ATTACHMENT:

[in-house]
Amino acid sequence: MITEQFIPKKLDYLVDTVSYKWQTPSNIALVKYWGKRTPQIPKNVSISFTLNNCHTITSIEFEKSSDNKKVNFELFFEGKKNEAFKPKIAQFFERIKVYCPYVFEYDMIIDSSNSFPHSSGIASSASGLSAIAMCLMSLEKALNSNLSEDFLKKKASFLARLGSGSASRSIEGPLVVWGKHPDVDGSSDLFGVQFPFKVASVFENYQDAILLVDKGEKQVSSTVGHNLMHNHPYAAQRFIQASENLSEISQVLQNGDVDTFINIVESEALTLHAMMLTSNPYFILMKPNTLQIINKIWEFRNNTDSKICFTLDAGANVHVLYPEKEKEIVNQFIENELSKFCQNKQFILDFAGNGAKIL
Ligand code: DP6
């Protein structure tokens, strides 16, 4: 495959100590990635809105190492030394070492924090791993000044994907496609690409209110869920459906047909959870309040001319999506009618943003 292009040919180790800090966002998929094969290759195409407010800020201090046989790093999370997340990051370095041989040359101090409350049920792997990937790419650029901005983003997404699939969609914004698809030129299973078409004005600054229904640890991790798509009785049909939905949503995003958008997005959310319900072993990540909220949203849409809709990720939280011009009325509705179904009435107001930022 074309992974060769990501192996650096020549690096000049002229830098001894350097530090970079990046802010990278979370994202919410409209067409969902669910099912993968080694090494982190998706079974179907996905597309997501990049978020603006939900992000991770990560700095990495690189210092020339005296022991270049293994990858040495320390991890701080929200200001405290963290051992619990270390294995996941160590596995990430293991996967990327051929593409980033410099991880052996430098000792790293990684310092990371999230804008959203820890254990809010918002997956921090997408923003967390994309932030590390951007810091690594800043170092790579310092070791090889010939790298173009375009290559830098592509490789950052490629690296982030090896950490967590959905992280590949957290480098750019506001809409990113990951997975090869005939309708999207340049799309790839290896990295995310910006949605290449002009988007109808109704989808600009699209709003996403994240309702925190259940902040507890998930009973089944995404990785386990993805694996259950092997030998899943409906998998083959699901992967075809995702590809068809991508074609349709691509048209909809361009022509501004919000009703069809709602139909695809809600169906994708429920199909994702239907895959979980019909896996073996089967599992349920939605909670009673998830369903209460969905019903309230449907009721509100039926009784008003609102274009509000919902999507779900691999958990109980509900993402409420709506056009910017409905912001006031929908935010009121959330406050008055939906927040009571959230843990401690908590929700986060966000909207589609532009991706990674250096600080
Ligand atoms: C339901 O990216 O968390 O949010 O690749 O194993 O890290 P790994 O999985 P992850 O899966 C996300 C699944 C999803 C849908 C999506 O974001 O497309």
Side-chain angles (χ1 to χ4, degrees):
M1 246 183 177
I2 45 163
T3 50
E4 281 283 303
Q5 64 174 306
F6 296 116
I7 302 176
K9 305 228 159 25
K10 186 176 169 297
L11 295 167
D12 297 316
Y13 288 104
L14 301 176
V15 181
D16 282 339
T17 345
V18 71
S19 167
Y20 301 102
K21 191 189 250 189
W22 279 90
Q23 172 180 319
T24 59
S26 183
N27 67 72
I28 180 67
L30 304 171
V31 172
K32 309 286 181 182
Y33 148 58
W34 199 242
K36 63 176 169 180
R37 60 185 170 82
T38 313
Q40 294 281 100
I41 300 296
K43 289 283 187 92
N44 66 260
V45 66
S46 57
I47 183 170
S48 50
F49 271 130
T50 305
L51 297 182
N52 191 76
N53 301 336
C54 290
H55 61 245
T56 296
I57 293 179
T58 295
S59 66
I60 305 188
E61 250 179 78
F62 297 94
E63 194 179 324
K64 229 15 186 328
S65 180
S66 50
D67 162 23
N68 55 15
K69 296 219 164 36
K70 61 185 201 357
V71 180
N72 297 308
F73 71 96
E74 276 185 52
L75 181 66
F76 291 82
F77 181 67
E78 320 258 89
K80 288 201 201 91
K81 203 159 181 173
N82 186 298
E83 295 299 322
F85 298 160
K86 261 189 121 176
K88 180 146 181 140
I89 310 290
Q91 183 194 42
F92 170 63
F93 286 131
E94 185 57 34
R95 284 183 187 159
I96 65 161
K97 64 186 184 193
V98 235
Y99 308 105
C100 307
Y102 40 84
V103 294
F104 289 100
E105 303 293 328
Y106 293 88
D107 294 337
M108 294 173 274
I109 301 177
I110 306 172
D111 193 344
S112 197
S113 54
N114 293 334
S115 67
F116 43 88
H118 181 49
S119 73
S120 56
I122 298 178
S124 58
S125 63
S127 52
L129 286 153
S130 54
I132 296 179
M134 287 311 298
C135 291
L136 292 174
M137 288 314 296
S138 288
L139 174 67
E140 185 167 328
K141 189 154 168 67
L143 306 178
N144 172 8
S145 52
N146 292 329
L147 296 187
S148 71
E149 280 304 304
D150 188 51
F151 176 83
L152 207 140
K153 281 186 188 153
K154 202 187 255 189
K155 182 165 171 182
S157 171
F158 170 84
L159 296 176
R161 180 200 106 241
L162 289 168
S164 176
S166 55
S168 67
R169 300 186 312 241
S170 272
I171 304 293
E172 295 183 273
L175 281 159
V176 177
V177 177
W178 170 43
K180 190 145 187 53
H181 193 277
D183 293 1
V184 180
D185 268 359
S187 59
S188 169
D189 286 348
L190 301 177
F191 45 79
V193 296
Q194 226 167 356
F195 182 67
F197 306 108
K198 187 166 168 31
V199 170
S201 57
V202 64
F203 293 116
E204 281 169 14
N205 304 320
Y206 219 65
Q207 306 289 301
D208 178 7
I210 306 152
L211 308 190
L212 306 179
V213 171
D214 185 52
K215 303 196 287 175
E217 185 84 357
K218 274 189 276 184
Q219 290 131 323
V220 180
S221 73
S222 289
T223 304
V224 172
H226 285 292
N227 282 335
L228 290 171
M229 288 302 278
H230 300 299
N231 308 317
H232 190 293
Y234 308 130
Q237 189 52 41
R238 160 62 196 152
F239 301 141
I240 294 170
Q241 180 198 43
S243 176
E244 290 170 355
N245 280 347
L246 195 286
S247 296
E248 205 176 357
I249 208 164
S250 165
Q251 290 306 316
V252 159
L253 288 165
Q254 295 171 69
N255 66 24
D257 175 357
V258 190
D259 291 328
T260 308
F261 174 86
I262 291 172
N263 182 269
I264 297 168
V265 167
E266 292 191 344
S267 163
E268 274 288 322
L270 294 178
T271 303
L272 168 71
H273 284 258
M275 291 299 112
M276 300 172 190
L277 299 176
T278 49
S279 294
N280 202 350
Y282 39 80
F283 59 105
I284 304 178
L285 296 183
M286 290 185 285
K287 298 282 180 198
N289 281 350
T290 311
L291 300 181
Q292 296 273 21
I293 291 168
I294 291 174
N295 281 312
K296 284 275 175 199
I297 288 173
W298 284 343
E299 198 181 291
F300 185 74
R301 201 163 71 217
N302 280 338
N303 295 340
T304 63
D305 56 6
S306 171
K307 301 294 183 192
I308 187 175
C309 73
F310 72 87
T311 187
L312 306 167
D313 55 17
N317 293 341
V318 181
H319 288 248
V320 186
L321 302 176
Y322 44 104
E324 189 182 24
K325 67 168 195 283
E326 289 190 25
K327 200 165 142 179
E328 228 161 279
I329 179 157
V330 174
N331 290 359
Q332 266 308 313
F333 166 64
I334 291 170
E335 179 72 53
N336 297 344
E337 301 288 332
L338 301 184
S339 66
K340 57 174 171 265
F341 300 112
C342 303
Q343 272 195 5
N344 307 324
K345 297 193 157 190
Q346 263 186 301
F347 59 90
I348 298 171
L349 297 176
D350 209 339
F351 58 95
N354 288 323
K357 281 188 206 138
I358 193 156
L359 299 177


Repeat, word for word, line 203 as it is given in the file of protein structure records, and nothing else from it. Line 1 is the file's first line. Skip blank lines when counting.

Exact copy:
H232 190 293